As an example, the 2013 New Holland tractor series is pretty much on line at $758 per horsepower. What really counts is value for money, and getting value for money requires a buyer to be well informed before taking the plunge.

 

Factors to consider

Tractor Salesman

There are many kinds of price deals offered at tractor dealerships, like package pricing, model-release timing, options, and of course trade-in considerations.

How much power you need is governed by the equipment hitched on to the tractor. There are definite advantages to buying a bit more power than anticipated.

The higher-powered machine for a given acreage may cost more but it should last longer and will provide greater satisfaction. Frustrations arise when a lower-powered tractor proves too slow for the task or some tasks turn out to need more ‘oomph’. That’s especially the situation when you get your first front-end loader.

Ready availability of parts and service is especially critical for professional users. Machine downtime affects seasonal operational timeliness. Having a trustworthy dealer close by is important.

Performance involves such things as field capacity (see below), engine torque rise and lugging ability, gear range, implement linkages, hydraulics output, and power take-off (PTO).

Tractor reliability affects downtime, which is directly related to seasonal performance. A professional, commercial-wheeled ag tractor should be capable of around 10,000 to 12,000 hours.

Prestige is a bit hard to quantify. Certainly some machines look better or simply are superior to others in the same category. Bragging rights are not to be overlooked.

Lamborghini anyone? (That company got its start in tractors — but today Lambos are not necessarily made in Italy or by the up-market car company.)

In relation to parsimony, professional farmers always need to rein in costs. Fuel often looms large in the accounting.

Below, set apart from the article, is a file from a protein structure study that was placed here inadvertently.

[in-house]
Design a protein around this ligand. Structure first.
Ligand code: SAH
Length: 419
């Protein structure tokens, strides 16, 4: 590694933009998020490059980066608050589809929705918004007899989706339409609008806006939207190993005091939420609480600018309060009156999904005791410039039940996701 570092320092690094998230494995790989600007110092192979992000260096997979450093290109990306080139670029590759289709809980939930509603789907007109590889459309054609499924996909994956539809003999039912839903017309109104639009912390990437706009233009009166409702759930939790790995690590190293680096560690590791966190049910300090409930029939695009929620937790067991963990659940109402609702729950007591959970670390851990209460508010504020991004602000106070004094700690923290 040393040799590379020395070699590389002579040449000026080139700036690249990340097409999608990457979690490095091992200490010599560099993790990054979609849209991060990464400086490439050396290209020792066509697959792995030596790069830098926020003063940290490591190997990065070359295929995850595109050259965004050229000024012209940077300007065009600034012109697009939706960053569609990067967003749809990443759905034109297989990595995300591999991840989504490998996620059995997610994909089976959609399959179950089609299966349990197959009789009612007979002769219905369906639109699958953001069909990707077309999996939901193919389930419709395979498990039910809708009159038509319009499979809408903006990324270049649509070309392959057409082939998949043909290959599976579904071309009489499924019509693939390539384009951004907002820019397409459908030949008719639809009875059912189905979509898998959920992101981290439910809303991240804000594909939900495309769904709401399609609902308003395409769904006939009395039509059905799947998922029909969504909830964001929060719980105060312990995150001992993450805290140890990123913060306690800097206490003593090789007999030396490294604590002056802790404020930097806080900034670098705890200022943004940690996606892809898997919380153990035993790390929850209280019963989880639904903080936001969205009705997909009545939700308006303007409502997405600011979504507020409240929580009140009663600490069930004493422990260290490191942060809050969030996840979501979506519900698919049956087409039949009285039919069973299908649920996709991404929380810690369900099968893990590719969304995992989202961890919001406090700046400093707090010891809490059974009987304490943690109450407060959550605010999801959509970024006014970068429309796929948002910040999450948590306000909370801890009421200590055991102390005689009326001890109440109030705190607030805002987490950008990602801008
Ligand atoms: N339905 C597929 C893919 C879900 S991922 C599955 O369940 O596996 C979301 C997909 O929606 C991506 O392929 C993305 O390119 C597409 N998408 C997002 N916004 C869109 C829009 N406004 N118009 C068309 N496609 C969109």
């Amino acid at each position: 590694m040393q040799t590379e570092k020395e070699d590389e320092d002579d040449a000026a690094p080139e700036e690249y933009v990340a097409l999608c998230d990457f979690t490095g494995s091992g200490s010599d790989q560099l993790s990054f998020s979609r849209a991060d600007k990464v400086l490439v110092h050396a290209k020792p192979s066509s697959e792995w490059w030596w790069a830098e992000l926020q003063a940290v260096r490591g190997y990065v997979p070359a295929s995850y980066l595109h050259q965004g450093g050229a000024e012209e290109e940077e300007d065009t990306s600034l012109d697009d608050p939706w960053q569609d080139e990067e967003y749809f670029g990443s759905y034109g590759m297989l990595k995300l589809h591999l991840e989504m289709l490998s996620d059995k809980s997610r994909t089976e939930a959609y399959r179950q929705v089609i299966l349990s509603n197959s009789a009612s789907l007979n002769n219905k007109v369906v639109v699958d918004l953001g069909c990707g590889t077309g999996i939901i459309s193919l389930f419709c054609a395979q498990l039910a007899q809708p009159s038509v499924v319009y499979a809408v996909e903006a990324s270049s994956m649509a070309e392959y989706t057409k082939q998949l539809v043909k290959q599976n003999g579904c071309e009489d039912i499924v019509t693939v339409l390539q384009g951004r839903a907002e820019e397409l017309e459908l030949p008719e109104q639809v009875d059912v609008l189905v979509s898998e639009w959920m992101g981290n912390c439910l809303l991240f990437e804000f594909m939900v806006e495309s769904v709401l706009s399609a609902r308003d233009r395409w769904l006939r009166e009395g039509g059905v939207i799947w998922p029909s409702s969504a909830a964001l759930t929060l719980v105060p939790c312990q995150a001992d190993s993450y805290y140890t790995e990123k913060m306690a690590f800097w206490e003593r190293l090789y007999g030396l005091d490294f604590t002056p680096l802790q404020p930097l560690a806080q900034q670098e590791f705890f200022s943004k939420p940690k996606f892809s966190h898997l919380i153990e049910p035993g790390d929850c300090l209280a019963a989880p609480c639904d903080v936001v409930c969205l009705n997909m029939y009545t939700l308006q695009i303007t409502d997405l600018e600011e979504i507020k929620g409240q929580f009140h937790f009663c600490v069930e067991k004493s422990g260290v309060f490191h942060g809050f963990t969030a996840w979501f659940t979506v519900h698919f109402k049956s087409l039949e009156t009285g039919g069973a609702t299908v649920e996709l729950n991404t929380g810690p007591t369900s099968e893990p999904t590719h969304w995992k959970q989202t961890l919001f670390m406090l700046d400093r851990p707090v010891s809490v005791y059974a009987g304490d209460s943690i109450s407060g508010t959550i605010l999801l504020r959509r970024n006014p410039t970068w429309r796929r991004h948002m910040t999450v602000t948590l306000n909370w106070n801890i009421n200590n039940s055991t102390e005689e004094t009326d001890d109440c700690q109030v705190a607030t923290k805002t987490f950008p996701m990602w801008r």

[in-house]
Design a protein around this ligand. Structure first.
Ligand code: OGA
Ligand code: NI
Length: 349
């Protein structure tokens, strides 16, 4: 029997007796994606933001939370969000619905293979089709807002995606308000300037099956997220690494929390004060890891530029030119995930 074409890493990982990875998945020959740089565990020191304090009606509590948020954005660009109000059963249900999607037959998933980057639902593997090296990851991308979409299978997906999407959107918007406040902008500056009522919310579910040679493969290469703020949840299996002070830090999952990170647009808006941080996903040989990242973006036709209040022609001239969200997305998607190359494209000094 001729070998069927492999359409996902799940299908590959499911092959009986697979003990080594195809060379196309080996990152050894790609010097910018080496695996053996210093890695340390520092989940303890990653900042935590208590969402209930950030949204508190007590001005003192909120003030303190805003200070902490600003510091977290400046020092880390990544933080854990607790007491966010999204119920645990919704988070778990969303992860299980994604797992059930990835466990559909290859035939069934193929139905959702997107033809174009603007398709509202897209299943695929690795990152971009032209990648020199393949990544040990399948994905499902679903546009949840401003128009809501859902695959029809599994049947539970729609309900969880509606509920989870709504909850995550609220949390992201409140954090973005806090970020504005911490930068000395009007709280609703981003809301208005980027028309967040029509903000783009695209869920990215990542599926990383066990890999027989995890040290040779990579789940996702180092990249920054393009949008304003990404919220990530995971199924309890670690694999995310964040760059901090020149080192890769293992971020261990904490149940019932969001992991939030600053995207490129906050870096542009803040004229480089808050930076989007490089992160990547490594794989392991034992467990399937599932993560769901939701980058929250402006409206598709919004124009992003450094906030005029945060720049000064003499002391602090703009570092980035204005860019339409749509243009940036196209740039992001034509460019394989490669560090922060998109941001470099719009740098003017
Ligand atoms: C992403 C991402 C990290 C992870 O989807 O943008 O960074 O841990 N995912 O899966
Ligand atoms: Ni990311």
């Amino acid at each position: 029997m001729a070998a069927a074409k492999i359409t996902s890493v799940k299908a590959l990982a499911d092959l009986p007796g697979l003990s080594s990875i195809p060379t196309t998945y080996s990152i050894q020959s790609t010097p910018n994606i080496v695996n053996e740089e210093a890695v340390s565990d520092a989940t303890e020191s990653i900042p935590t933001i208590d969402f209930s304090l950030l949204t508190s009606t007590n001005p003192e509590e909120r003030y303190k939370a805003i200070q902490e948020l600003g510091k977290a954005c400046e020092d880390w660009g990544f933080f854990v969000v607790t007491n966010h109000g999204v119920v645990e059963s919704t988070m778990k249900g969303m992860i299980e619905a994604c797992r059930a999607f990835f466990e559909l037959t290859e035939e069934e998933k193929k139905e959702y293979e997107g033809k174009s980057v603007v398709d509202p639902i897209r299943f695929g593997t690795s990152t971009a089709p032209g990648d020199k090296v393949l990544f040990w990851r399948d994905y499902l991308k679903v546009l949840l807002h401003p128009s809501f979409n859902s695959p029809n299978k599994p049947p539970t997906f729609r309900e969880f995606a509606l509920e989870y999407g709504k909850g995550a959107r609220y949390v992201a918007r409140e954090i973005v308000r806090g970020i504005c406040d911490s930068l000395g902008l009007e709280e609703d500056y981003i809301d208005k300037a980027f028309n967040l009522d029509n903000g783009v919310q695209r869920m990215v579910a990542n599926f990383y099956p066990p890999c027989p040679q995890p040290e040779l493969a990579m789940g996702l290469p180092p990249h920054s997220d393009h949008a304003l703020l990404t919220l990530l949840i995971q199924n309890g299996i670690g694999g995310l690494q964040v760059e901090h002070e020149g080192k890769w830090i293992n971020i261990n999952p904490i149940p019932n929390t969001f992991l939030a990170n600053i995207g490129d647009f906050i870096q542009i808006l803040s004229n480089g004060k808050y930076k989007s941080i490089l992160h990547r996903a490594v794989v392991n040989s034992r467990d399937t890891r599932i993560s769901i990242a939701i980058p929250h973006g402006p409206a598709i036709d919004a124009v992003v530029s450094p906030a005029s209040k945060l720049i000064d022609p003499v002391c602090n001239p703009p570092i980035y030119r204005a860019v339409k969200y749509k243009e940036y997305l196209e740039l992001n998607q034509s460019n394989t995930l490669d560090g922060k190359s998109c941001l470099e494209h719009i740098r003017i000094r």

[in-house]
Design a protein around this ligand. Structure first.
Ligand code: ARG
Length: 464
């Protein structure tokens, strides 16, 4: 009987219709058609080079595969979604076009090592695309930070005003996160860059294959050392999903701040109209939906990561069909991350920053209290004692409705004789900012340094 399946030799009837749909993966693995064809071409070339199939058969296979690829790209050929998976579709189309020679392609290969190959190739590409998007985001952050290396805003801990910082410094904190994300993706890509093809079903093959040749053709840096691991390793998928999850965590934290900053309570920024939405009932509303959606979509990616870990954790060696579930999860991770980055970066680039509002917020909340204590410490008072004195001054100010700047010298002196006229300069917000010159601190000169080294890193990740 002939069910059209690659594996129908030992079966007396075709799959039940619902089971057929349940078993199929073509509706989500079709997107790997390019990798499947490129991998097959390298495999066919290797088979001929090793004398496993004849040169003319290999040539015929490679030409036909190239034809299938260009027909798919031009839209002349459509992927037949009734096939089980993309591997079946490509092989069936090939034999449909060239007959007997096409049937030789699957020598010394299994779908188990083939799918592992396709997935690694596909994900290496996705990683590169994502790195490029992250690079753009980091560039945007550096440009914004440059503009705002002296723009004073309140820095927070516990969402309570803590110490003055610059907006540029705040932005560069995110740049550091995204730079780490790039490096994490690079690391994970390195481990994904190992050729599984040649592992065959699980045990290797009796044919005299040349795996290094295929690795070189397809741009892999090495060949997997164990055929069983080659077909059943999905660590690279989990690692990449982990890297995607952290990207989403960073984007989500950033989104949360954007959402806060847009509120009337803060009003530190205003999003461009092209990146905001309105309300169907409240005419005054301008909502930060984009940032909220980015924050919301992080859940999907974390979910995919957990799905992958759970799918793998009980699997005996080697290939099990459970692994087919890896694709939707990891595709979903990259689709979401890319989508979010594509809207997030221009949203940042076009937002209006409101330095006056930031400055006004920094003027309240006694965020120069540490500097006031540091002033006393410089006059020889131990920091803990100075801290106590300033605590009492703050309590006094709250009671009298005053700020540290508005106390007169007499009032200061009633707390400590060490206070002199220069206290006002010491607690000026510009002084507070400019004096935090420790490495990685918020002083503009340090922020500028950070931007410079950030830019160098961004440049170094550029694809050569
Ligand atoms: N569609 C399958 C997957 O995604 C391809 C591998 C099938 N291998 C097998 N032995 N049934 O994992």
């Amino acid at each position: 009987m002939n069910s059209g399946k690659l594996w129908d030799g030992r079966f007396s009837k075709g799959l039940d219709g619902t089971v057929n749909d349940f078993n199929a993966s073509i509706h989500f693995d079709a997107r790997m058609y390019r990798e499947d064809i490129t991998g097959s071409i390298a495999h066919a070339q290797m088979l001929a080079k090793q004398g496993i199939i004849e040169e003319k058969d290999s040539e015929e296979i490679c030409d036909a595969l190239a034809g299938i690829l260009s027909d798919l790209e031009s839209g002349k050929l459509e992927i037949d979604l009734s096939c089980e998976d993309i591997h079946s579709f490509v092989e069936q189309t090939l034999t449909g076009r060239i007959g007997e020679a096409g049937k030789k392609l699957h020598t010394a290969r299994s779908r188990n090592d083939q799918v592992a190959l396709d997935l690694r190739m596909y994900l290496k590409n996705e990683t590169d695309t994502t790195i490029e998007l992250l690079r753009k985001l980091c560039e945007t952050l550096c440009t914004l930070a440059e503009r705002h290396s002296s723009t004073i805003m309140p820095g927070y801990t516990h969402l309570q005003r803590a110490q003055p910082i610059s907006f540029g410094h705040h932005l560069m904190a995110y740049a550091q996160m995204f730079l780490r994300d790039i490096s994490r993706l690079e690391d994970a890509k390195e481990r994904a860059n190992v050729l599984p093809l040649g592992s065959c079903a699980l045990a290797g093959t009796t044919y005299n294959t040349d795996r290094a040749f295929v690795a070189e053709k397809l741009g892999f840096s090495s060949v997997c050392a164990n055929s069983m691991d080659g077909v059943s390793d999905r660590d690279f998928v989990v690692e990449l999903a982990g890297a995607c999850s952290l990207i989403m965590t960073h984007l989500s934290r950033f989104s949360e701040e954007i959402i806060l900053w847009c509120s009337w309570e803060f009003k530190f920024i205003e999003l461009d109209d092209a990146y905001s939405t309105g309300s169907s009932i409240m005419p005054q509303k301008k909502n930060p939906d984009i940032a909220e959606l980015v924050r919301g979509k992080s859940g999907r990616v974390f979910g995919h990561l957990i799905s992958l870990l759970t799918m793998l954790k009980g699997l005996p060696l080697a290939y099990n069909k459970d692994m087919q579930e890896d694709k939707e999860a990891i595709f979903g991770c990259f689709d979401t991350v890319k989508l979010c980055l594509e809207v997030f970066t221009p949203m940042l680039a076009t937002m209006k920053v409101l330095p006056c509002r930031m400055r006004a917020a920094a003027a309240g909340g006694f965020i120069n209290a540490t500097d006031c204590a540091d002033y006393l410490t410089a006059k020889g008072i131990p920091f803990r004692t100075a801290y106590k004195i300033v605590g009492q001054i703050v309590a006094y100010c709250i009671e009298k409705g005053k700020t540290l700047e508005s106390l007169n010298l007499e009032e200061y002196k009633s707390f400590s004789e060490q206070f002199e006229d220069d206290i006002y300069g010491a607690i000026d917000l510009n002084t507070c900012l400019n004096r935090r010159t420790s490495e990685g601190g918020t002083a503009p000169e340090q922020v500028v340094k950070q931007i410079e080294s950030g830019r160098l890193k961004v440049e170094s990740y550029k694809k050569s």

Tractor owners can keep operating costs down by effective field work organisation. This means ballasting to manage wheel slip; suitable gear selection; appropriate implement matching; systematic machinery maintenance, and so on.

 

Owning and Operating Costs

 Oand O Costs 150hp Four Years

The two principle cost streams are first, ownership costs, and second, operating or ‘variable’ costs.

Also known as ‘fixed’ or overhead costs, ownership costs accrue essentially whether the machine is working or not. Fixed costs include depreciation (the difference between purchase price and salvage or trade-in value), interest, taxes, insurance and shedding costs. Don’t just look at depreciation as a drop in value only, but consider accounting for the cost of replacing the machine later.

The costs of a (new) replacement machine increase 2 or 3 per cent a year whereas by contrast the old machine is depreciating at 15 per cent or more each year.

 It’s important to charge yourself an ‘interest on investment’ cost; after all, you could take the dough invested in the machine and instead bet on a nag in the Melbourne Cup. That interest charge is appropriately also called an ‘opportunity cost’.